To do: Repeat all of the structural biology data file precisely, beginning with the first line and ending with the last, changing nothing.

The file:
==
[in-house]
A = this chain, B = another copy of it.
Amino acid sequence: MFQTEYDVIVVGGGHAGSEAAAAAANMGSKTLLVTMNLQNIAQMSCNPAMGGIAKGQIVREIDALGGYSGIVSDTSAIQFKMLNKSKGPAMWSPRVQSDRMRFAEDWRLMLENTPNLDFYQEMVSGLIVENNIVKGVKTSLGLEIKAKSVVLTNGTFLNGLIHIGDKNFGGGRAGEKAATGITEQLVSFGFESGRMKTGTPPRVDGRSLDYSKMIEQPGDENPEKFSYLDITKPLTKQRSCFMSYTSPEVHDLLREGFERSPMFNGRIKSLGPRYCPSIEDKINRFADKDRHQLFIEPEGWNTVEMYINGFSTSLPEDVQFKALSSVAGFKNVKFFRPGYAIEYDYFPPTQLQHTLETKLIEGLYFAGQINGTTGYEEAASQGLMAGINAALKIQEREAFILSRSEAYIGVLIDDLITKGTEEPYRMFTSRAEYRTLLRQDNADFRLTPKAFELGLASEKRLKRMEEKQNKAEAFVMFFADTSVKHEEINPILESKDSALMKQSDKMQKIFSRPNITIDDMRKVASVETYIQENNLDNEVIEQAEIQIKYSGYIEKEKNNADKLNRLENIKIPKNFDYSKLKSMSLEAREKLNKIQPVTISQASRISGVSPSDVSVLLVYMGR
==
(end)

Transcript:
[in-house]
A = this chain, B = another copy of it.
Amino acid sequence: MFQTEYDVIVVGGGHAGSEAAAAAANMGSKTLLVTMNLQNIAQMSCNPAMGGIAKGQIVREIDALGGYSGIVSDTSAIQFKMLNKSKGPAMWSPRVQSDRMRFAEDWRLMLENTPNLDFYQEMVSGLIVENNIVKGVKTSLGLEIKAKSVVLTNGTFLNGLIHIGDKNFGGGRAGEKAATGITEQLVSFGFESGRMKTGTPPRVDGRSLDYSKMIEQPGDENPEKFSYLDITKPLTKQRSCFMSYTSPEVHDLLREGFERSPMFNGRIKSLGPRYCPSIEDKINRFADKDRHQLFIEPEGWNTVEMYINGFSTSLPEDVQFKALSSVAGFKNVKFFRPGYAIEYDYFPPTQLQHTLETKLIEGLYFAGQINGTTGYEEAASQGLMAGINAALKIQEREAFILSRSEAYIGVLIDDLITKGTEEPYRMFTSRAEYRTLLRQDNADFRLTPKAFELGLASEKRLKRMEEKQNKAEAFVMFFADTSVKHEEINPILESKDSALMKQSDKMQKIFSRPNITIDDMRKVASVETYIQENNLDNEVIEQAEIQIKYSGYIEKEKNNADKLNRLENIKIPKNFDYSKLKSMSLEAREKLNKIQPVTISQASRISGVSPSDVSVLLVYMGR